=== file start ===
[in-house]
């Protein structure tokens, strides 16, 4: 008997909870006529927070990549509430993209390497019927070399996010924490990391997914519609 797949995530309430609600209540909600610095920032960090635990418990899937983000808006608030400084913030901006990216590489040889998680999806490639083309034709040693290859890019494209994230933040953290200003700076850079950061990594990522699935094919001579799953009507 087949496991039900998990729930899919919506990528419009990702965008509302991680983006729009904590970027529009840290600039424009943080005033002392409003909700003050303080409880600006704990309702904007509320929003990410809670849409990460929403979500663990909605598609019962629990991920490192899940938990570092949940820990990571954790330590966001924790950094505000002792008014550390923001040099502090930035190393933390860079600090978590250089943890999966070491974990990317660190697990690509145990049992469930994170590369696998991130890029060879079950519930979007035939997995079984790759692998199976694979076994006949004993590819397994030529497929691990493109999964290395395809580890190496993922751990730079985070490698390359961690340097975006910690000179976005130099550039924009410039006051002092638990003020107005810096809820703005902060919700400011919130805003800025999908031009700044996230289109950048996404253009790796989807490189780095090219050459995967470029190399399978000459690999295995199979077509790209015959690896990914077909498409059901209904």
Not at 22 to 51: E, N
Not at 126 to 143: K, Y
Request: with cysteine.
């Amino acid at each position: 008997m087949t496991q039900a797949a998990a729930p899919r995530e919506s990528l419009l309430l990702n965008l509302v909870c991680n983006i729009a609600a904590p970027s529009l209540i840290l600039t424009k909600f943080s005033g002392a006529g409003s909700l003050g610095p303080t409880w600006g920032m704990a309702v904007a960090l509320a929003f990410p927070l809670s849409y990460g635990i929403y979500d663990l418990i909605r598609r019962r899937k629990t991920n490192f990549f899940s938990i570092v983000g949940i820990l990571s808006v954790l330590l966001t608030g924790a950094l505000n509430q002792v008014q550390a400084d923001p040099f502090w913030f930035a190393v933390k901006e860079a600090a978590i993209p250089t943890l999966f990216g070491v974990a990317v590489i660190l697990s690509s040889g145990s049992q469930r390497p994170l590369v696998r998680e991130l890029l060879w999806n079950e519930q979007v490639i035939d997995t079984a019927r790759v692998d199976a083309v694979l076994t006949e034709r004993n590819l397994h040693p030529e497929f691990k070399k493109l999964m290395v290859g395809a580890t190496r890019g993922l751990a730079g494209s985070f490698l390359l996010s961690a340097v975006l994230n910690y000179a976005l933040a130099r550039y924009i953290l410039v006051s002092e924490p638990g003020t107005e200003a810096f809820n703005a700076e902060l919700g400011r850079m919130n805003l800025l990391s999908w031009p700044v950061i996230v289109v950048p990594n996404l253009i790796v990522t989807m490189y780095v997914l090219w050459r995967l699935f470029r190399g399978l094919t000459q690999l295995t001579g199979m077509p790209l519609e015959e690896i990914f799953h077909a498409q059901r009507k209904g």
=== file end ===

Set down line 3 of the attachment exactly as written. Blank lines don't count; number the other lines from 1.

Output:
Not at 22 to 51: E, N